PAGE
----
IVA and your income

Date posted: September 25, 2014 by

The details of an IVA (Individual Voluntary Arrangement) vary on a case by case basis. There are many factors affecting whether or not an IVA will go ahead, and of course whether it will be a success if it does. Your income is always going to be one of the major factors in what happens with an IVA.

IVA Payments

In order to have an IVA accepted you will have to show that you have enough income to make the required payments. Your Insolvency Practitioner (IP) will help you to establish whether this is the case, and will advise you about your options. If your income is limited, you may be able to consider using income from assets or releasing equity from property that you own. In some cases debtors may be able to secure funds from a third party to put towards their IVA proposal.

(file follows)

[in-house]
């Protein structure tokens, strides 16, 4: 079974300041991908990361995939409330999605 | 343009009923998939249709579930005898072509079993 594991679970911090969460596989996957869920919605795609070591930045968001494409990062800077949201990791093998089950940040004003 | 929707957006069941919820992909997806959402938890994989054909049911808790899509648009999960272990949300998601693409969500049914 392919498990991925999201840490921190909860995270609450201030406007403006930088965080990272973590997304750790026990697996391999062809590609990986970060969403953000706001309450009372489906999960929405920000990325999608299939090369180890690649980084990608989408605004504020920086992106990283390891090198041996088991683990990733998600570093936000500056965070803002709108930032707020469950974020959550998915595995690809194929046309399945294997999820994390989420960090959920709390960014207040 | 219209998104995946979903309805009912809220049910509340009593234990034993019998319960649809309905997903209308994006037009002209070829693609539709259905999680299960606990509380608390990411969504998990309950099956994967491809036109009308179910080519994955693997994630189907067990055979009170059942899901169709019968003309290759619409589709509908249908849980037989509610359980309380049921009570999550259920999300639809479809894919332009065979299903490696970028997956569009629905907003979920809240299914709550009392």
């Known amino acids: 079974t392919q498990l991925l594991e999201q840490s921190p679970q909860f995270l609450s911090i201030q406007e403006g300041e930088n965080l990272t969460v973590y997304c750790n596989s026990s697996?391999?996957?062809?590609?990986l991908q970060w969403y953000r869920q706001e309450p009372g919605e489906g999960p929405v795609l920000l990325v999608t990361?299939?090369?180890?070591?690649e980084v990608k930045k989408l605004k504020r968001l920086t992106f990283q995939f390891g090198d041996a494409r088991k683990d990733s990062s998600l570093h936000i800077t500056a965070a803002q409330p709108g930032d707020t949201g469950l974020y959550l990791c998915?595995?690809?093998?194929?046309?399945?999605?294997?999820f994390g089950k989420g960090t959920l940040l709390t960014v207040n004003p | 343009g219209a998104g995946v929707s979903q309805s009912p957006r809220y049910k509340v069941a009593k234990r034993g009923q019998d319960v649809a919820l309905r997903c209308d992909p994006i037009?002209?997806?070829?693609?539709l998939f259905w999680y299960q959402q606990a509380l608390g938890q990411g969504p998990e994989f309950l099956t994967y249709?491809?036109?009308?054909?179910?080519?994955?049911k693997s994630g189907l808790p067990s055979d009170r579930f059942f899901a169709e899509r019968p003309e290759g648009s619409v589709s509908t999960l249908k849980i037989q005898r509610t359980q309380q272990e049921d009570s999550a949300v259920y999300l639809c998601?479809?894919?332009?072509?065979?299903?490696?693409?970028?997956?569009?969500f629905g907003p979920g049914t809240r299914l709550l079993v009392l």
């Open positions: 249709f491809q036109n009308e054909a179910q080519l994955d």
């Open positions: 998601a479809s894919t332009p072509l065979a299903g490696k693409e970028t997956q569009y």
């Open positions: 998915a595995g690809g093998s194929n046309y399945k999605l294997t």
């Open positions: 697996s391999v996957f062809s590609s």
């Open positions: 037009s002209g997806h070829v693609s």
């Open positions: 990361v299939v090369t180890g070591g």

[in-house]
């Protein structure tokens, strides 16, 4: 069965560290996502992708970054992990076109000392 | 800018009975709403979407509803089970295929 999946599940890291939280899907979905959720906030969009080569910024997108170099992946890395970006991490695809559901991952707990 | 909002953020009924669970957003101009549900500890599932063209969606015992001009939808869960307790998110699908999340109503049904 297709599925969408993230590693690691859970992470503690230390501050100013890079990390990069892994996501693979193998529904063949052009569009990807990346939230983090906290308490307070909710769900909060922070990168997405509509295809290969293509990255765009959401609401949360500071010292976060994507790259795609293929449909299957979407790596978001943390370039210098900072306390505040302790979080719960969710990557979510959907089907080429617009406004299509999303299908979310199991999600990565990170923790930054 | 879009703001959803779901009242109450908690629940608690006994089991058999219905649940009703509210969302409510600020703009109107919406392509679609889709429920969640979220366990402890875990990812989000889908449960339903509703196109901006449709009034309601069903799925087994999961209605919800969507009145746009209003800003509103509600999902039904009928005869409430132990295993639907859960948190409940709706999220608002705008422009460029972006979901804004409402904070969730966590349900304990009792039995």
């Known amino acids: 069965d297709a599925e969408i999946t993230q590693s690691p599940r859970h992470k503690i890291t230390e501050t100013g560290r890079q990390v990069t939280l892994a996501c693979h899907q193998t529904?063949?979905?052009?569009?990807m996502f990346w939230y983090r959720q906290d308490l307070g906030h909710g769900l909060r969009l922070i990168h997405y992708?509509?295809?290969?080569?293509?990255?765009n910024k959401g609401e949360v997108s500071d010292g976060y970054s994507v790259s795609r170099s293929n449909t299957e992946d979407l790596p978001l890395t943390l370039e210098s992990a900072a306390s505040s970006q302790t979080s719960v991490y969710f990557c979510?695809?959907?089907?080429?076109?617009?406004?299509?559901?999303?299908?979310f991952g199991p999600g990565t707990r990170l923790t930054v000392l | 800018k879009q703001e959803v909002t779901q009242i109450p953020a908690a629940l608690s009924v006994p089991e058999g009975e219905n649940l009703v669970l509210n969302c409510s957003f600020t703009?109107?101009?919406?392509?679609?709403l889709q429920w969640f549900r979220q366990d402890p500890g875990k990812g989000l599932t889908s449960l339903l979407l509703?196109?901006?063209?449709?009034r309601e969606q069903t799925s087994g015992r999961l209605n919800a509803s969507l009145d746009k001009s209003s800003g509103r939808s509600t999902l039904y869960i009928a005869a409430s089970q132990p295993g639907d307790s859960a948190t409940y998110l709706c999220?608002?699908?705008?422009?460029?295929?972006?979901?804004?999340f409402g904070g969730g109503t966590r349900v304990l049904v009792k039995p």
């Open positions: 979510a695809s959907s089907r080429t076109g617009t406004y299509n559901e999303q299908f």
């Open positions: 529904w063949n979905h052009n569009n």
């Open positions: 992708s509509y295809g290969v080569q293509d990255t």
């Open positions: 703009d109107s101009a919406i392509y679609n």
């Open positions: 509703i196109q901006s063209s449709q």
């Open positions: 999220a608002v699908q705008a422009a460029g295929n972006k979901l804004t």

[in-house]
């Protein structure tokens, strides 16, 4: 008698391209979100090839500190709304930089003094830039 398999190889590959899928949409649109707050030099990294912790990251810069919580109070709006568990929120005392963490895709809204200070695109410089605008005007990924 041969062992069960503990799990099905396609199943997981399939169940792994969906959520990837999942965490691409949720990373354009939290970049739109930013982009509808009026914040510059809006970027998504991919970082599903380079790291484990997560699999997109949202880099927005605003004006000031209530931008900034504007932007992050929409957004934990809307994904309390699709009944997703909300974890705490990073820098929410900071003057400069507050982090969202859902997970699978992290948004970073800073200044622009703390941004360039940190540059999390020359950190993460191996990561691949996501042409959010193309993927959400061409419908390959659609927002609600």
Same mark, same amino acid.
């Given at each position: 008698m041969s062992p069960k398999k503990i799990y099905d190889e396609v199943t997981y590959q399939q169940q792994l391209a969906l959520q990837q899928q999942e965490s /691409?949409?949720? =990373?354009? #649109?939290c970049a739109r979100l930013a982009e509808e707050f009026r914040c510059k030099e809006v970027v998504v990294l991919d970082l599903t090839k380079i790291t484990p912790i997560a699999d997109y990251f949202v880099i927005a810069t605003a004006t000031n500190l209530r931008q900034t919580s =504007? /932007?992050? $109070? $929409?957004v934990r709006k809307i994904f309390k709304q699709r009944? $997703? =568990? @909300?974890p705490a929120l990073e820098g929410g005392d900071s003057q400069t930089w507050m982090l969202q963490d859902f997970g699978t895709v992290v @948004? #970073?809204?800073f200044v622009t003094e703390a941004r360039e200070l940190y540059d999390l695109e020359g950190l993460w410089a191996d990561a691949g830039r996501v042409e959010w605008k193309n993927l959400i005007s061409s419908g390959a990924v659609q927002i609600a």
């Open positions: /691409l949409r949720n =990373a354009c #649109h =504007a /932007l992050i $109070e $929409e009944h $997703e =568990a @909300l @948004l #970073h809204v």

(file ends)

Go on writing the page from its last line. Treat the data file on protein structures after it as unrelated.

Your IP will consider your income, outgoings and debts before advising you about whether an IVA is going to be a good option for you. As well as managing to make your IVA payments, you must be able to sustain a good standard of living for yourself and your family (if applicable).

IVAs are most likely to go ahead for people who have reliable long-term income, for example from employment. Typically an IVA will involve paying at least £200 a month, and so if your income does not make this possible the chances of a successful IVA will be reduced.

Progress

Once your IVA is up and running, the IP responsible for supervising it will monitor its progress. If your income changes, your IP may want to make changes to the IVA payments.

If your income or financial state deteriorates, the IP may be able to take steps to prevent the failure of the IVA, perhaps by reducing payments and adding to the overall term, or by setting up a payment holiday.

If your income improves, there is always a chance that the IP will recommend that you increase the amount that you are paying toward the IVA. No one can tell what state your finances are going to be in as the IVA progresses, and so you need to be prepared for these flexibilities in the agreement.

Income is not the only factor affecting an IVA, but it is certainly a major influence. Whether or not an IVA is accepted will depend partly on income, as will your ability to maintain the payment plan.

What do you think?